Originally posted by Jkep8969 View Post
        I have basic survival skills, but I’m not fully prepared for long term. Thus my reason for posting.
        Unless you want to wind up dead, you better get a lot more than "basic" and not just bushcraft skills, you also better have first-aid/ medical knowledge and skills, hunting, foraging, etc etc... And to be clear, reading something in a book or watching a Youtube video doesn't in any way mean you have a skill. Let's take fire starting, be it flint and steel or fire by friction. sure many people can do it on a sunny 70 degree day with kiln dry wood. Until you can go out and do it in a rain or snow storm with less than ideal wood, say wet or frozen, you don't really know how to do it. And there will be times you won't be able to get it so you better know what to do next to keep from going hypothermic and freezing to death.

        Originally posted by Jkep8969 View Post
        Where does one look to learn and hone skills needed for long term survival.
        If your asking this I have to question your sincerity since an hour of searching Google will give you enough leads and info to keep you busy for years.

        Originally posted by Jkep8969 View Post
        As well as where is it possible to so, when I feel I am armed with the required knowledge and supplies.
        Again questioning sincerity. Isn't this your dream? Why do you need to ask us where to go? Have you ventured off the couch in your Mom's basement? I hear Afghanistan is nice this time of year and Uncle Sam will provide a free ticket...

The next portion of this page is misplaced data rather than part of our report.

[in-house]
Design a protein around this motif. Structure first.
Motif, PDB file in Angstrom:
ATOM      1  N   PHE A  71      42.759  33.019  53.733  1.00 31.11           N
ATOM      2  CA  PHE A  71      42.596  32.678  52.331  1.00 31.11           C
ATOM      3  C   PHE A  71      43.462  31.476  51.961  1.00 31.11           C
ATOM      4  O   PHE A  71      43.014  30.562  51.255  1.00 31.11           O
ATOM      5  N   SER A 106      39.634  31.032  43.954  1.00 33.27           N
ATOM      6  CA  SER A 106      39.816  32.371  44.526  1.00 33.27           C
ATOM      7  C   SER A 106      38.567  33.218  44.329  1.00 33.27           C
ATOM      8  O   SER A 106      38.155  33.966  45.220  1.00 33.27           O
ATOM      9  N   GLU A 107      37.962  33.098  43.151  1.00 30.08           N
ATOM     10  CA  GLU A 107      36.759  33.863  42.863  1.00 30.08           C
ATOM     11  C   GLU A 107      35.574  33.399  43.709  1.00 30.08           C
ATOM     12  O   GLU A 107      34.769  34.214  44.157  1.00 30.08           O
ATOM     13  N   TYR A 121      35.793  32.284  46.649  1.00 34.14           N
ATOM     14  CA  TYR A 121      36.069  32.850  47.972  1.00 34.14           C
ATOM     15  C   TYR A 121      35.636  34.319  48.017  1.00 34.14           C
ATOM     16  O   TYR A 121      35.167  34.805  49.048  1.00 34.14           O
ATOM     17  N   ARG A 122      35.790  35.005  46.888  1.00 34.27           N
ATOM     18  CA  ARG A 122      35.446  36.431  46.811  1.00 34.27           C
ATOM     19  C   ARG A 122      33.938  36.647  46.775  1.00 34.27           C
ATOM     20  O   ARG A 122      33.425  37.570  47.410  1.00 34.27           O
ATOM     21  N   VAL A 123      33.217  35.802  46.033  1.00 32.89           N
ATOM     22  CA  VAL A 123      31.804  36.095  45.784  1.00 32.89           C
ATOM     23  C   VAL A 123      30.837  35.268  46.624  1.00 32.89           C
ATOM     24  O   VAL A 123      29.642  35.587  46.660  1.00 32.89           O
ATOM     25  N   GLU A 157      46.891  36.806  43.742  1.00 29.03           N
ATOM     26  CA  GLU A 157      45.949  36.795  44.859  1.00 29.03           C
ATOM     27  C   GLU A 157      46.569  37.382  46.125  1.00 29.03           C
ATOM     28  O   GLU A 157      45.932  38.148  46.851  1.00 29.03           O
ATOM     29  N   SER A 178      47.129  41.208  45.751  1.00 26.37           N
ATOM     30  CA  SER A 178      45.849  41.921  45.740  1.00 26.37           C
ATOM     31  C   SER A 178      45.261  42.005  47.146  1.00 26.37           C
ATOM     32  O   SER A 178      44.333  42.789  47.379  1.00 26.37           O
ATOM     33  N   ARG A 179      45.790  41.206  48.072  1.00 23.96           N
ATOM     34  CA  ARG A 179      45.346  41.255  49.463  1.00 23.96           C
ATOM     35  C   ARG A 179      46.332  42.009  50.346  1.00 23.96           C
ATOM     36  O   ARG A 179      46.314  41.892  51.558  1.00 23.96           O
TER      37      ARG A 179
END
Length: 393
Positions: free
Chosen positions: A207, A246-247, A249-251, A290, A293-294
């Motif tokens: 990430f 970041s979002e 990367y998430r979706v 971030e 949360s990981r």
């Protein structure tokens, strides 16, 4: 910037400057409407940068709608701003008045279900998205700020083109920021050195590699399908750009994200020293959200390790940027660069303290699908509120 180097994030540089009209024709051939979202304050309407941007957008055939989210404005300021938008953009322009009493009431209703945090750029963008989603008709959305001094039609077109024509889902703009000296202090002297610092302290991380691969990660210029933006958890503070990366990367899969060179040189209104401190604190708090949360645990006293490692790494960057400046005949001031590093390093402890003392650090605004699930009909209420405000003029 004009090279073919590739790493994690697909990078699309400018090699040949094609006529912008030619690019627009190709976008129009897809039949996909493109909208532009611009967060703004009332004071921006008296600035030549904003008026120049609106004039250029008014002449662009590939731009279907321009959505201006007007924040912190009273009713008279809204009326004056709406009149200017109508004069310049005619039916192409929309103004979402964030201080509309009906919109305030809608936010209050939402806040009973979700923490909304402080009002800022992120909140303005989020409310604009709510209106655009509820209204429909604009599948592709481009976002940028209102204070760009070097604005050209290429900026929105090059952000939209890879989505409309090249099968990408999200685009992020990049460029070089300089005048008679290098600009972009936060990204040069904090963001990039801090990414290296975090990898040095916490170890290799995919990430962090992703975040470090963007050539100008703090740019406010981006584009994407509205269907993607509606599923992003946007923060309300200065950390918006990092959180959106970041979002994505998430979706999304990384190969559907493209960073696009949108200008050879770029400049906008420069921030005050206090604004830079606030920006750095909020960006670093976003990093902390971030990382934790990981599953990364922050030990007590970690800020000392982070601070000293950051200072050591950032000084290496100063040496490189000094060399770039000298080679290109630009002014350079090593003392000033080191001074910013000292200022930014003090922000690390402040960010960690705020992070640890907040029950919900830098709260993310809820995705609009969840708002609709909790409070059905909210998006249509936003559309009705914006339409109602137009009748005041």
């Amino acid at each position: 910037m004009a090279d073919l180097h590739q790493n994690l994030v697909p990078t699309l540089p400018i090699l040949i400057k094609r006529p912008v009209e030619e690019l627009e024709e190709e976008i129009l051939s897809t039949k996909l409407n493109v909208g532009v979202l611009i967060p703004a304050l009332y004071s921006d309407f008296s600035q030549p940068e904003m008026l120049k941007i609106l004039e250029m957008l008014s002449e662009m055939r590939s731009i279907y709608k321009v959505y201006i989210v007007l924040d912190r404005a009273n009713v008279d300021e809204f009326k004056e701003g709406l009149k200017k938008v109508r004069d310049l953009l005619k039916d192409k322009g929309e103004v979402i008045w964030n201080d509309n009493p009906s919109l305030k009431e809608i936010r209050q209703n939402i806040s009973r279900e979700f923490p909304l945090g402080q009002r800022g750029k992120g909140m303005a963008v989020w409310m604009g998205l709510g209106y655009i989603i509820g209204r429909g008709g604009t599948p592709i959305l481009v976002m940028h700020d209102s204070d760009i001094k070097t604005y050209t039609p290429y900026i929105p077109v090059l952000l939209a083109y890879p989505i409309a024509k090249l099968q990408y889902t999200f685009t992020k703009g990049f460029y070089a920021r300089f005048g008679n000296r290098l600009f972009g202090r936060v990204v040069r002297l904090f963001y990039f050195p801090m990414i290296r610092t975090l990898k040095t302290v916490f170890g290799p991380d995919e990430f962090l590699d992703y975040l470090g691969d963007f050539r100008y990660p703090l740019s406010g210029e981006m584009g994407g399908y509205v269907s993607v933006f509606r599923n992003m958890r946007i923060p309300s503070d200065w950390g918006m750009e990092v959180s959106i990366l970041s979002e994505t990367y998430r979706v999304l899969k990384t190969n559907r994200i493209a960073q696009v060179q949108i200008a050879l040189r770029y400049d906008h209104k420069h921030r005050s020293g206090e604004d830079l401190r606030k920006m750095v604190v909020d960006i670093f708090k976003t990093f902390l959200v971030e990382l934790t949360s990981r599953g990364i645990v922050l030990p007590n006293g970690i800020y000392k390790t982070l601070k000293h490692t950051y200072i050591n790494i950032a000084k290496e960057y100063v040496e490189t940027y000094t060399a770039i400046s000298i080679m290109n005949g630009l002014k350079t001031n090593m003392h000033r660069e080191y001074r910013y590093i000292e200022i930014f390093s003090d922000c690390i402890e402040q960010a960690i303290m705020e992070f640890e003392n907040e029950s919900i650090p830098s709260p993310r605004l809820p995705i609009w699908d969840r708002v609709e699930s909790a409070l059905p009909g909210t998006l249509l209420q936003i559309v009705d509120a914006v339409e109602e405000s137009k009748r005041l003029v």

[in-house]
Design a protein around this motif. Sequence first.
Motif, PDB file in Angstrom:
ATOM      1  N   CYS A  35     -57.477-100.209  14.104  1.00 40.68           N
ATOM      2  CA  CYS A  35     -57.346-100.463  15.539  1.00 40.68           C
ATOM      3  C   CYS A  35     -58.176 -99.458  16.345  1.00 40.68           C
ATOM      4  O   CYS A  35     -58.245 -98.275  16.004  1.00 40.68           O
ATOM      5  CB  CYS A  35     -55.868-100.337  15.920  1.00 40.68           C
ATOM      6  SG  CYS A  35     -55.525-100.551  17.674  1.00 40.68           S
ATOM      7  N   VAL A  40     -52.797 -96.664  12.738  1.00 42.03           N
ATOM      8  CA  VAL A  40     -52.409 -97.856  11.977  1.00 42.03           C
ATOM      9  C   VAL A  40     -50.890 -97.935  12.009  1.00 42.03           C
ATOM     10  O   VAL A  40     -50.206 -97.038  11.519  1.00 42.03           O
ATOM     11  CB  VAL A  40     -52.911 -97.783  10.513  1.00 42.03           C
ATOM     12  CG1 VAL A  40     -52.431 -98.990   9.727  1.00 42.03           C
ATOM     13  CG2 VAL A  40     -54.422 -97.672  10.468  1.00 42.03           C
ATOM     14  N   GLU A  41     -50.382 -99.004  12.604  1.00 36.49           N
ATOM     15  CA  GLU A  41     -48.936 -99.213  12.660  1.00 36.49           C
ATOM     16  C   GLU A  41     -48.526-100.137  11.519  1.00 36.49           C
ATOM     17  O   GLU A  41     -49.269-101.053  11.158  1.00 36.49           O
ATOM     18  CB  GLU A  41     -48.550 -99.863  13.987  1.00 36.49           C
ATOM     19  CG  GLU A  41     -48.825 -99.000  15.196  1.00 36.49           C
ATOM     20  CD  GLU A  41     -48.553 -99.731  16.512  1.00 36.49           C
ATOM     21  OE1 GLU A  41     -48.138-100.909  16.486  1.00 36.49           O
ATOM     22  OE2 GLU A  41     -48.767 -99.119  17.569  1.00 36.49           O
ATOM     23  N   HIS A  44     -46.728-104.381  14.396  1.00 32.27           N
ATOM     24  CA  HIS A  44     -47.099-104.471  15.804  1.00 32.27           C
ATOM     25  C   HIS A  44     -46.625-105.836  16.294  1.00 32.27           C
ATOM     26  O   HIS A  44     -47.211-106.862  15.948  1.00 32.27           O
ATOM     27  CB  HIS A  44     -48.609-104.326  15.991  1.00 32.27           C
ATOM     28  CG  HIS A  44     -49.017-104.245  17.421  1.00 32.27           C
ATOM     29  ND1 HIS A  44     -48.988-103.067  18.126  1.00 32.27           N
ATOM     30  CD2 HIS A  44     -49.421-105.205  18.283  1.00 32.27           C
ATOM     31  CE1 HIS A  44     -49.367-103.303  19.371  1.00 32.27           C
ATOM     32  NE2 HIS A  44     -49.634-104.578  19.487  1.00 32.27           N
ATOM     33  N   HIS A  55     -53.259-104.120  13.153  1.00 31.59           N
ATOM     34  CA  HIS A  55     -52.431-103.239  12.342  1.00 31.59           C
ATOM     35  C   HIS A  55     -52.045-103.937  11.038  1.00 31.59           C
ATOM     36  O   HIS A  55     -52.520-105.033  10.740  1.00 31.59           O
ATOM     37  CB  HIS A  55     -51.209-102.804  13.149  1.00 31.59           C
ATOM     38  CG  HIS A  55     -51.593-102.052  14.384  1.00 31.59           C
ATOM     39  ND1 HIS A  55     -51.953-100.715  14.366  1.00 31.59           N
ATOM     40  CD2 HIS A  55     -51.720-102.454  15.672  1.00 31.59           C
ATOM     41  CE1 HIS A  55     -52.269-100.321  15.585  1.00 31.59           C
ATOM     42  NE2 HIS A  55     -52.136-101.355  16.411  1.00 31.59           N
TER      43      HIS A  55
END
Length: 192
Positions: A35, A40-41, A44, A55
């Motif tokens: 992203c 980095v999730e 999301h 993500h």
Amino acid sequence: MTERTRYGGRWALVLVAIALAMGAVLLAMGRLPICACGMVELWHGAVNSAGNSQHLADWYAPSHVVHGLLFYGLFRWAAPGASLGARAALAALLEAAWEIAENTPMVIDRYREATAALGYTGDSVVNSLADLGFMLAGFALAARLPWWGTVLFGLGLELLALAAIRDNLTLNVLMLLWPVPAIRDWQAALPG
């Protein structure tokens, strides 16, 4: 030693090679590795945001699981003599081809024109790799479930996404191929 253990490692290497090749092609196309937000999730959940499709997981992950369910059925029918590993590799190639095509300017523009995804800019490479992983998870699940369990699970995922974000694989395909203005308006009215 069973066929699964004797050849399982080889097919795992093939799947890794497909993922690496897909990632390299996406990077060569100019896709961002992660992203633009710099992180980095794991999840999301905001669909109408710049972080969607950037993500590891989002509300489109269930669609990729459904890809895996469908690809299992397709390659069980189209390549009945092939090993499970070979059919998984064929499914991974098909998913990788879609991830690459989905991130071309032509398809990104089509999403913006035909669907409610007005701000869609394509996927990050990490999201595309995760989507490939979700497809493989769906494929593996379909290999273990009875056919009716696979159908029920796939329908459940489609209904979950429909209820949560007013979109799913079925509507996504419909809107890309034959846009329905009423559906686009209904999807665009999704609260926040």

Now if you're legit and sincere, I will apologize for my cynical tone, but as SD says, your post has all the ear marks of a troll/ mall ninja. Maybe it's just bad beginner luck on your part and if so, again, read the stickies, rules and say Hi in the introduction area. Now come back and lets discuss.
        Last edited by CountryGuy; 06-01-2018, 09:02 PM.
        I can explain it to you, but I can't understand it for you!

        Comment


        • #5
          Originally posted by CountryGuy View Post



          Time to research. Go look up who Dick Proenneke was and buy the books about his experiences and the video series, I believe its "alone in the wilderness"


          .
          I built my second remote homestead on the North Shore of beautiful Lake Clark in the Alaska Range. It was kind'a a small remote hunting lodge, I had a big hunting/fishing lodge near King Salmon on the Alaska Peninsula . I would see Dick Proenneke now and then, over at Port Alsworth, Alaska (which is on the South Shore of 52 mile long Lake Clark).
          Last edited by Sourdough; 06-01-2018, 09:14 PM.
          One day you eat the chicken.....next day the left-over chicken.....next five days you eat chicken feathers, head and feet.

          Comment


          • #6
            Originally posted by Sourdough View Post